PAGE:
Naomi Klein’s ‘This Changes Everything: Capitalism vs. the Climate’
Book Was Cry About Climate Change; Now It’s a Primal Scream
When Naomi Klein’s book This Changes Everything: Capitalism vs. the Climate was published in 2014, making the New York Times’ list of 100 Notable Books, it was a full-throated cry about the existential threat posed by climate change. Reading the book four years later, it’s more like a primal scream. Since 2014, the world has watched Hurricane Harvey batter Houston and Hurricane Maria devastate Puerto Rico and witnessed record flooding in Boston, Atlantic City, and Galveston and deadly flooding in India, Nepal, and Bangladesh. Californians have seen three of the largest wildfires in the state’s history. Moreover, 17 of the 18 hottest years on record have occurred since 2001. Climate change is happening.
In This Changes Everything, Klein presents a compelling argument that serious, concerted action to slow the impact of climate change is impossible unless we challenge the fundamental logic of deregulated capitalism. This means confronting political and economic structures that are joined at the hip and perpetuate the three pillars of free-market neoliberalism: privatization of public goods and spaces, deregulation of corporations, and reduced corporate and individual income taxes for the wealthy. As Klein describes it, “Our economic system and our planetary system are now at war.”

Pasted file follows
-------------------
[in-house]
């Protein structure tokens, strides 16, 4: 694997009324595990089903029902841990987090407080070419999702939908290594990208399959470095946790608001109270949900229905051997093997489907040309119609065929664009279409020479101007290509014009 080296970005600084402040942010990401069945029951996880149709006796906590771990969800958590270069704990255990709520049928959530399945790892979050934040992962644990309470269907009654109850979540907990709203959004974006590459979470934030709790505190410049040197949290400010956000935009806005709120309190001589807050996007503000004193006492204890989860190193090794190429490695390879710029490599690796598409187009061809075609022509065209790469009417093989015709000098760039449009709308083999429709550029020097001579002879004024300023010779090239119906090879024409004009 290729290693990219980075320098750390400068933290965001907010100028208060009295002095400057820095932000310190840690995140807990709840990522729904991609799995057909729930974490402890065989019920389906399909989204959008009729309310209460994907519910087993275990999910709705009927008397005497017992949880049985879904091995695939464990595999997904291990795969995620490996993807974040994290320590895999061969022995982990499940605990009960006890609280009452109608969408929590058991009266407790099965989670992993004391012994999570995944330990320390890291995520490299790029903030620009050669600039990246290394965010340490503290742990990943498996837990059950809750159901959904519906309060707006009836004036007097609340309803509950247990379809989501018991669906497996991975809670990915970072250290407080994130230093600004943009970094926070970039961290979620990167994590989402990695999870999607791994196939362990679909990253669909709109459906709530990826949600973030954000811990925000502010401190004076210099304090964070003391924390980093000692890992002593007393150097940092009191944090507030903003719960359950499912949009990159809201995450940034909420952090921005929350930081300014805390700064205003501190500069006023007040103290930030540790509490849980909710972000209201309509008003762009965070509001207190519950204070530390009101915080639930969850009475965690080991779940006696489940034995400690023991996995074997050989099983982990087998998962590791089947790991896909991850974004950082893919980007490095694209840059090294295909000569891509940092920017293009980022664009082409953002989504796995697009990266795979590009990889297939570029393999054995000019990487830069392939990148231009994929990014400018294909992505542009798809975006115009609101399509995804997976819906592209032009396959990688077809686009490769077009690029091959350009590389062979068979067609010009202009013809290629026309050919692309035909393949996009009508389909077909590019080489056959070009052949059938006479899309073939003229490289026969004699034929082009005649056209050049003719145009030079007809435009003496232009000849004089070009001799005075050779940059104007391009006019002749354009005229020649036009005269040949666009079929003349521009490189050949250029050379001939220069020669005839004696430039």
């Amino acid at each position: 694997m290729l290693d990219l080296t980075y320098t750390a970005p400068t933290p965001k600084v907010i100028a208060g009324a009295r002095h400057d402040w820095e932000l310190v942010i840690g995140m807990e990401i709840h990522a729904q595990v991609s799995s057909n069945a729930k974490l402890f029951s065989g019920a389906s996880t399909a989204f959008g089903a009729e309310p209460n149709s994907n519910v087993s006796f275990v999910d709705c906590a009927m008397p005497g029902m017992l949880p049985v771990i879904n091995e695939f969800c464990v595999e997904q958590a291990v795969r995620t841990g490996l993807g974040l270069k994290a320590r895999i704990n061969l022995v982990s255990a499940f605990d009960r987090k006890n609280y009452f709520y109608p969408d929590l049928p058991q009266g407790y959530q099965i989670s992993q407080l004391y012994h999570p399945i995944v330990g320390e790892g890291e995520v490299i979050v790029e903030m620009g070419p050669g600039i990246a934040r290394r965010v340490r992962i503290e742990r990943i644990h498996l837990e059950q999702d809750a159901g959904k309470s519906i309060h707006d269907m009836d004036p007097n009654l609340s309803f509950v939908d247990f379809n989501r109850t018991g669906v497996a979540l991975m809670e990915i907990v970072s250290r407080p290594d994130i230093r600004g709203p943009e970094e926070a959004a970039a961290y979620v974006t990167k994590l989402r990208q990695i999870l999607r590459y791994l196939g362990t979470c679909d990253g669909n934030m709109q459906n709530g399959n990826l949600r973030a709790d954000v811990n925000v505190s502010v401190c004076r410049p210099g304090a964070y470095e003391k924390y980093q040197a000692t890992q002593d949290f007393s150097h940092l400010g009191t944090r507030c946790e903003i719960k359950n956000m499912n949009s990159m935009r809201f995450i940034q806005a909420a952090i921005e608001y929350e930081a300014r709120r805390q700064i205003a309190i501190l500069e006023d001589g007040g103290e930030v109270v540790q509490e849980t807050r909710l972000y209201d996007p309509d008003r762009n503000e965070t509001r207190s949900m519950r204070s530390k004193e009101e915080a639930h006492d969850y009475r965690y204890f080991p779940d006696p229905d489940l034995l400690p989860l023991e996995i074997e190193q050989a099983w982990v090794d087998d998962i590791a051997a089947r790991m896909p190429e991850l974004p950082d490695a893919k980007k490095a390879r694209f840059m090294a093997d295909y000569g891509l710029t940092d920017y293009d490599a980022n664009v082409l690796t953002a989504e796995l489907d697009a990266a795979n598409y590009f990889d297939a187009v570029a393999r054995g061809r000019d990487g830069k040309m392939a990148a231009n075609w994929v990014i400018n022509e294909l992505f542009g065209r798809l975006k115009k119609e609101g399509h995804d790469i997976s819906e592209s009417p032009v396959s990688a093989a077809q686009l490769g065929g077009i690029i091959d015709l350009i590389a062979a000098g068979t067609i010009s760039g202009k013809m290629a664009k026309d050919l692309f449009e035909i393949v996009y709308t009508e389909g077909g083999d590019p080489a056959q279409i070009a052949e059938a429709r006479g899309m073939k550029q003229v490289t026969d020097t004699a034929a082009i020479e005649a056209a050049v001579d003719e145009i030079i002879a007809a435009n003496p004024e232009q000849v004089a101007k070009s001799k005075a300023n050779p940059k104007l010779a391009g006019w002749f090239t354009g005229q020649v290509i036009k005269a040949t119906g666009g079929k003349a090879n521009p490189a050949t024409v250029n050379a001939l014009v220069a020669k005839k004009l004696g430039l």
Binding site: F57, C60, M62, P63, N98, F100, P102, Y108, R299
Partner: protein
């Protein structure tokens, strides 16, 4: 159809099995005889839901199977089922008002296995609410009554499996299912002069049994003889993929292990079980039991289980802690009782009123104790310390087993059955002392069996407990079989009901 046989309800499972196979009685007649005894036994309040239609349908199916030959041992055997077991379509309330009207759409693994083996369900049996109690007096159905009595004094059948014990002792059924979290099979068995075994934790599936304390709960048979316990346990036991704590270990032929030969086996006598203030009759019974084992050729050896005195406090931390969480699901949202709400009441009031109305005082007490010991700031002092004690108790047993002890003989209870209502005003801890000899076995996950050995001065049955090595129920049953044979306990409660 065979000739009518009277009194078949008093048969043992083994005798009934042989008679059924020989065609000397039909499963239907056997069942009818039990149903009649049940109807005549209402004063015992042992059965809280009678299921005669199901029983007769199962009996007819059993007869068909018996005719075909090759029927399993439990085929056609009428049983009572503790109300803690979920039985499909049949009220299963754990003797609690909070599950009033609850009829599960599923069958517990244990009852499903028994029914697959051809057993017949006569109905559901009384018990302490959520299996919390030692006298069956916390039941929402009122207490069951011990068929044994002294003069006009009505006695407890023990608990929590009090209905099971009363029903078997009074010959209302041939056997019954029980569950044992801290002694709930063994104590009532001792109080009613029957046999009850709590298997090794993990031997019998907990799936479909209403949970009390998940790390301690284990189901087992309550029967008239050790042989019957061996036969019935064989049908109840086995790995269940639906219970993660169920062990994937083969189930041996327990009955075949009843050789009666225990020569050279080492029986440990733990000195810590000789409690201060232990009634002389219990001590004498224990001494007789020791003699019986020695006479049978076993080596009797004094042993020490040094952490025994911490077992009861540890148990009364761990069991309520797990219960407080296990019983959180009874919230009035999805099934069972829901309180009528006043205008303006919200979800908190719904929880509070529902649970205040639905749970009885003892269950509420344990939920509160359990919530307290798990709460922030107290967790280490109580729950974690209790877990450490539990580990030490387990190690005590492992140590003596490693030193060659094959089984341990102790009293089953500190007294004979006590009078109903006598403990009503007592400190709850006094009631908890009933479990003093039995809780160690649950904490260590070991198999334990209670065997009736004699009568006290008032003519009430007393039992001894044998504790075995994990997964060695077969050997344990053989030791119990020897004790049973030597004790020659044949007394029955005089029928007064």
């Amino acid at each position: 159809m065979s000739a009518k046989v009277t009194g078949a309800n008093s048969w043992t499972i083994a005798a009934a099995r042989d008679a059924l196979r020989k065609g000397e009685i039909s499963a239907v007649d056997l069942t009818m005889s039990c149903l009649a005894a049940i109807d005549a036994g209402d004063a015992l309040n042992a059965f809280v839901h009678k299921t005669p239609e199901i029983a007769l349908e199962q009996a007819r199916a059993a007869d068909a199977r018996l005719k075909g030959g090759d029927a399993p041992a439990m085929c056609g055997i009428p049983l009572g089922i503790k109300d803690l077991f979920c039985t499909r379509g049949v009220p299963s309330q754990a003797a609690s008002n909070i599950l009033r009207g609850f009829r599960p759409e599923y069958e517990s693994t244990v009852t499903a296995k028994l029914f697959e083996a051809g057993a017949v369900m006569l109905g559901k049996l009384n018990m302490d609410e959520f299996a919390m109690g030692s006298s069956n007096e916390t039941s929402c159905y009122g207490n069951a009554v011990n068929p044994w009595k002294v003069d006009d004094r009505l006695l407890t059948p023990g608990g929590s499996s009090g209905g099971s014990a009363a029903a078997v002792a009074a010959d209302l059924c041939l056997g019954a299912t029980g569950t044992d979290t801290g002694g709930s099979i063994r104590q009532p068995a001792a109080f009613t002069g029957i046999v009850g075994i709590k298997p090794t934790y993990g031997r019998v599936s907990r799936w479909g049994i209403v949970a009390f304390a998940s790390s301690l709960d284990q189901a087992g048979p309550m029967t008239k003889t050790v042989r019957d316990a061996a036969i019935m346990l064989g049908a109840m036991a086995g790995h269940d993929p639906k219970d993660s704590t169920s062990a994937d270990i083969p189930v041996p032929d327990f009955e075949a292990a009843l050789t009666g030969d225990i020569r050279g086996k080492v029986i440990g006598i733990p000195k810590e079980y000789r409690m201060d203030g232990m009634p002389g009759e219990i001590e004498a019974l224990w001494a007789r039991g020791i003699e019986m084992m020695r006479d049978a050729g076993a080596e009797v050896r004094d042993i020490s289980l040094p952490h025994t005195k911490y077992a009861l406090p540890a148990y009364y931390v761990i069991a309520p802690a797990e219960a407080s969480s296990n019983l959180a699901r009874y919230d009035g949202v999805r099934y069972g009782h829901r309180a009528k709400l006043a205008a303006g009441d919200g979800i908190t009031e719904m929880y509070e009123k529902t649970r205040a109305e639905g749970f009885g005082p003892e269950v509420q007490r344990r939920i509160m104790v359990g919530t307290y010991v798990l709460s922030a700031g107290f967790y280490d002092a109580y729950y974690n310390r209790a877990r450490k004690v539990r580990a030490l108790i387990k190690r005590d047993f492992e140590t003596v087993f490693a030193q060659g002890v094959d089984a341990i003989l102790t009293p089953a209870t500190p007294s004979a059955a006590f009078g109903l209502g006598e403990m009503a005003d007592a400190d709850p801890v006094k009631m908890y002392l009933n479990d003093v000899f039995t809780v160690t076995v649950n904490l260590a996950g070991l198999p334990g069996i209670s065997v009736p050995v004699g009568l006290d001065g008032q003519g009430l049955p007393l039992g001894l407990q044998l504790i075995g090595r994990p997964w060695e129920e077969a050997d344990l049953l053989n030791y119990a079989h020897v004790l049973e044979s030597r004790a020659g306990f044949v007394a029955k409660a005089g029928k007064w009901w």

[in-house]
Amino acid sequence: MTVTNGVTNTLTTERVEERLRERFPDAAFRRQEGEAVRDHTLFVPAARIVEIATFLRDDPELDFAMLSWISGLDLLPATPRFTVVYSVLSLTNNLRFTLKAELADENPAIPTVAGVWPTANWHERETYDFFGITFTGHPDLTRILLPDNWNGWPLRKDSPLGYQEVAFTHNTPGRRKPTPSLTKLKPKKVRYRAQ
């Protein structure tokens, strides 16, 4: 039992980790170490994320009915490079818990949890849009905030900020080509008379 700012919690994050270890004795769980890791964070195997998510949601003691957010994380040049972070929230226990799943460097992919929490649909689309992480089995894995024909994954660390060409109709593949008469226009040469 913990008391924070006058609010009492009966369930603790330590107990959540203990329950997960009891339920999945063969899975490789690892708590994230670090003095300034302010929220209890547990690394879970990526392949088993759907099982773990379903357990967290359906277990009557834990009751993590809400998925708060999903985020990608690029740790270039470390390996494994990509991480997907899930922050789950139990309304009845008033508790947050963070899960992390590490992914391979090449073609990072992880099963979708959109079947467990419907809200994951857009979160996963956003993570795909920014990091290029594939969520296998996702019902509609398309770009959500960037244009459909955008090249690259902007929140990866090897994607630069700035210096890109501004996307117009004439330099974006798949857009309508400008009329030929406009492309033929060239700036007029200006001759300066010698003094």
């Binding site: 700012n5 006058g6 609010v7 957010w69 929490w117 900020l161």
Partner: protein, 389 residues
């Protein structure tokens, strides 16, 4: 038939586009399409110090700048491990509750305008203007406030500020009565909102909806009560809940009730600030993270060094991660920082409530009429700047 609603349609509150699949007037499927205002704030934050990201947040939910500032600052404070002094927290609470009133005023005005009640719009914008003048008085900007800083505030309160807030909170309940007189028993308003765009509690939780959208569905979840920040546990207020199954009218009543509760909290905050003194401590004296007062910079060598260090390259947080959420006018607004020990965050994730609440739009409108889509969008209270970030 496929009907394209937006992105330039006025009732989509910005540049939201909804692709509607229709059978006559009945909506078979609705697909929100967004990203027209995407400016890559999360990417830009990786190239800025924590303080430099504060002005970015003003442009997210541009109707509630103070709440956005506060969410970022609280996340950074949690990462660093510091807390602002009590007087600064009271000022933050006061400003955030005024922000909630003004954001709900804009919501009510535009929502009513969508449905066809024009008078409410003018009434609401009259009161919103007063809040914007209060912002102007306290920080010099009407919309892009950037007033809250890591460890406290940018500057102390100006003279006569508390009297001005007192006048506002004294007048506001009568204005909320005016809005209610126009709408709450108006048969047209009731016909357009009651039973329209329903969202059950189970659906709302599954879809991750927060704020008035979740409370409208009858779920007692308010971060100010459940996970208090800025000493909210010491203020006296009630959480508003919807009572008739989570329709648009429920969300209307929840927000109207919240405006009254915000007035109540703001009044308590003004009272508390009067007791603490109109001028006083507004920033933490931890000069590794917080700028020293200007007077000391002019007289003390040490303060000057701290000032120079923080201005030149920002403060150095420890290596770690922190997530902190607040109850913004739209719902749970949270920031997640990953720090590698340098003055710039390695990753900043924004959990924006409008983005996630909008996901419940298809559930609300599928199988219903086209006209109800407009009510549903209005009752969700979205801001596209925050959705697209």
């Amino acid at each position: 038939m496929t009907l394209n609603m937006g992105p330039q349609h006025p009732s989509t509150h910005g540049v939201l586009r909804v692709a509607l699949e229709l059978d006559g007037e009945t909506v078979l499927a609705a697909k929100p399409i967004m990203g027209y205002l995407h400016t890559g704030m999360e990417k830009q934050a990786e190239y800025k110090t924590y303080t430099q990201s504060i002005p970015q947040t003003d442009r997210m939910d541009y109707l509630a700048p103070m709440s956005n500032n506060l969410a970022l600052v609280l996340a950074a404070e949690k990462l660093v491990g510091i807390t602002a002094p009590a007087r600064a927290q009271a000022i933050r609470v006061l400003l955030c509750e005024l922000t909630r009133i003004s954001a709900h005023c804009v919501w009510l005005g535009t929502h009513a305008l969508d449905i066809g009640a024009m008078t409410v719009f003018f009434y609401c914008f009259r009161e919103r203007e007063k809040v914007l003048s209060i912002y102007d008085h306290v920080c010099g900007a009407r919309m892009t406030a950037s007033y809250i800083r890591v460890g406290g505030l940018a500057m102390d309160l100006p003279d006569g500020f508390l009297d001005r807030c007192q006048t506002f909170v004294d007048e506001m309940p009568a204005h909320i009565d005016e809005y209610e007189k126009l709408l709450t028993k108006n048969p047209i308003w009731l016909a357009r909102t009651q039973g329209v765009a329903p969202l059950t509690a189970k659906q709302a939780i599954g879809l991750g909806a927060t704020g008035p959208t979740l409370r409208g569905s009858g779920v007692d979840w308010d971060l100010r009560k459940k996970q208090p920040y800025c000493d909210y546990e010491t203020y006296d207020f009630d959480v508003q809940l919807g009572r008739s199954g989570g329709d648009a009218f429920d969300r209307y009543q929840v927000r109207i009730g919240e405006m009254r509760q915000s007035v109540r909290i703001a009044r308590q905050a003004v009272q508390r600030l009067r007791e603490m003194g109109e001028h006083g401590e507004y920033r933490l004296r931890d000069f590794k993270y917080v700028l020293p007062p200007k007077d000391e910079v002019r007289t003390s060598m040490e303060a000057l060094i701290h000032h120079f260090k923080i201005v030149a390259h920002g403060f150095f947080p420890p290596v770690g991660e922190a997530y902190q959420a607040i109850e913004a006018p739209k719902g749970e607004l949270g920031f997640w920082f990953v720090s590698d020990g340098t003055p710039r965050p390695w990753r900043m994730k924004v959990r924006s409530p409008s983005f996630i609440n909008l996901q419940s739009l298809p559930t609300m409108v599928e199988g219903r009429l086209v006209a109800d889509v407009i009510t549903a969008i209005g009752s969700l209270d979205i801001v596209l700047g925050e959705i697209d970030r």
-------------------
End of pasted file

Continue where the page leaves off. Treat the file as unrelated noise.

Under the resource-extraction-friendly and anti-regulatory Trump administration, the economic system is clearly winning, and that means the climate is losing. At a moment when the limits of economic growth — the grand, fetishized goal of globalization — powered by fossil fuels is becoming clearer and more urgent, the United States, one of the heaviest polluters on the planet, is leaning all its weight behind the continued removal and burning of fossil fuels, reneging on international climate agreements, and behaving as if climate change were a fiction. It’s not. It’s the single most important issue of our time, and the clock is running down.
Klein shows that although time is short, solutions exist, but only if we face and acknowledge the hard fact that deregulated global capitalism, endless consumption, and a life-sustaining climate are incompatible. If we fail, the consequences will be catastrophic and will undoubtedly fall first on those least able to withstand them.